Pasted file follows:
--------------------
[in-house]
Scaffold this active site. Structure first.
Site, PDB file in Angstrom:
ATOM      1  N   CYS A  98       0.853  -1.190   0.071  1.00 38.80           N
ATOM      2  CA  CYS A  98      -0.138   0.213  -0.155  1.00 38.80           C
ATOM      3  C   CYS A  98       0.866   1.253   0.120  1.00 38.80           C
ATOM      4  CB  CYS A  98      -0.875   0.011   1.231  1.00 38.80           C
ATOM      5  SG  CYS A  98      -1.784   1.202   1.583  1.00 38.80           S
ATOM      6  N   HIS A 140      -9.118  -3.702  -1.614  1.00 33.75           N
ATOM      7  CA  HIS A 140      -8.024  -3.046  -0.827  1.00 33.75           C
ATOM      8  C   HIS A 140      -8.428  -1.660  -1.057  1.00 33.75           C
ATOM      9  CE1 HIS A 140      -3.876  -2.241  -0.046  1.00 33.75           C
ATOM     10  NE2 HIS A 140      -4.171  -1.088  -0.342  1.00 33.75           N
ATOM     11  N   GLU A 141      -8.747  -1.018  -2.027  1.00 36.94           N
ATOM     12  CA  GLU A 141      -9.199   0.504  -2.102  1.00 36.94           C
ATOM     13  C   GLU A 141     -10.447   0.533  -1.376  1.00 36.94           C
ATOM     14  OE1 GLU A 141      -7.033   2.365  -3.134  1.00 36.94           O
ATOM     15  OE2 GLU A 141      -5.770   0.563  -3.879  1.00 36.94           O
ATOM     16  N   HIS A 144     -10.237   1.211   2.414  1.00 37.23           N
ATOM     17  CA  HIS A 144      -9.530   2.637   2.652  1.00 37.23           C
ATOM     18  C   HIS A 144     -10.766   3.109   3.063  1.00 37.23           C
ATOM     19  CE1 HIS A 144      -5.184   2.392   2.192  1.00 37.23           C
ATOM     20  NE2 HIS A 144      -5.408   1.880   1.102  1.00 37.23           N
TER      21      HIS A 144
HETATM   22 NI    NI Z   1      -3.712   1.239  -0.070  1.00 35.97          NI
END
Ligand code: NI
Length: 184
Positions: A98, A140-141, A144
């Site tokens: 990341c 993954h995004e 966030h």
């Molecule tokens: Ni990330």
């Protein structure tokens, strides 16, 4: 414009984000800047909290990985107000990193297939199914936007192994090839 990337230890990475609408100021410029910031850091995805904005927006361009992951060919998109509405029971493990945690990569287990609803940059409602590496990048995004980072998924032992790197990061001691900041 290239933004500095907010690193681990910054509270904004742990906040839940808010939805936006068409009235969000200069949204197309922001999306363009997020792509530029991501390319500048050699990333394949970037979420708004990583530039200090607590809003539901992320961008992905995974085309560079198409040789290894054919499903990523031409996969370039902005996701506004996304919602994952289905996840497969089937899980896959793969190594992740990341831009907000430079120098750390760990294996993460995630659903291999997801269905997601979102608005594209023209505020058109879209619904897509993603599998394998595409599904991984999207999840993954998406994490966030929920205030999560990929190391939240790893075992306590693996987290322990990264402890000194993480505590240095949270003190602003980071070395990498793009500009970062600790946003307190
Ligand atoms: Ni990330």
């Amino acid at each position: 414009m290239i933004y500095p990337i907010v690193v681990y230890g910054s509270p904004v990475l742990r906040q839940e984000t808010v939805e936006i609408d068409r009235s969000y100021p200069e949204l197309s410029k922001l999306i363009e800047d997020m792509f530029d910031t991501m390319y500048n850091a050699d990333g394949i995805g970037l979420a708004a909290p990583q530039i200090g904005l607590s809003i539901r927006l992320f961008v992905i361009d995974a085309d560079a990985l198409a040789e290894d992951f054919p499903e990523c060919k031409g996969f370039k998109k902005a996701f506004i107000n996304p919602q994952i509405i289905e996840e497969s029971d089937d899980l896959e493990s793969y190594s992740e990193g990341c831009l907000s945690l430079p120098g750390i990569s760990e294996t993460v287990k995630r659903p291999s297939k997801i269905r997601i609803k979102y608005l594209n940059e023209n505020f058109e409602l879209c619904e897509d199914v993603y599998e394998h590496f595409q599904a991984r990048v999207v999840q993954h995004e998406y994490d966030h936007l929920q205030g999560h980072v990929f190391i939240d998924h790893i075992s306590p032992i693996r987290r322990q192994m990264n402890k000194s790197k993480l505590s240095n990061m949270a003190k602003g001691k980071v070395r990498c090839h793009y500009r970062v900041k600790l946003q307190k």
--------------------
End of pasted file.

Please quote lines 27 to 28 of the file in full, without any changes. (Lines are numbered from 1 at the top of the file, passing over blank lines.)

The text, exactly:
Ligand code: NI
Length: 184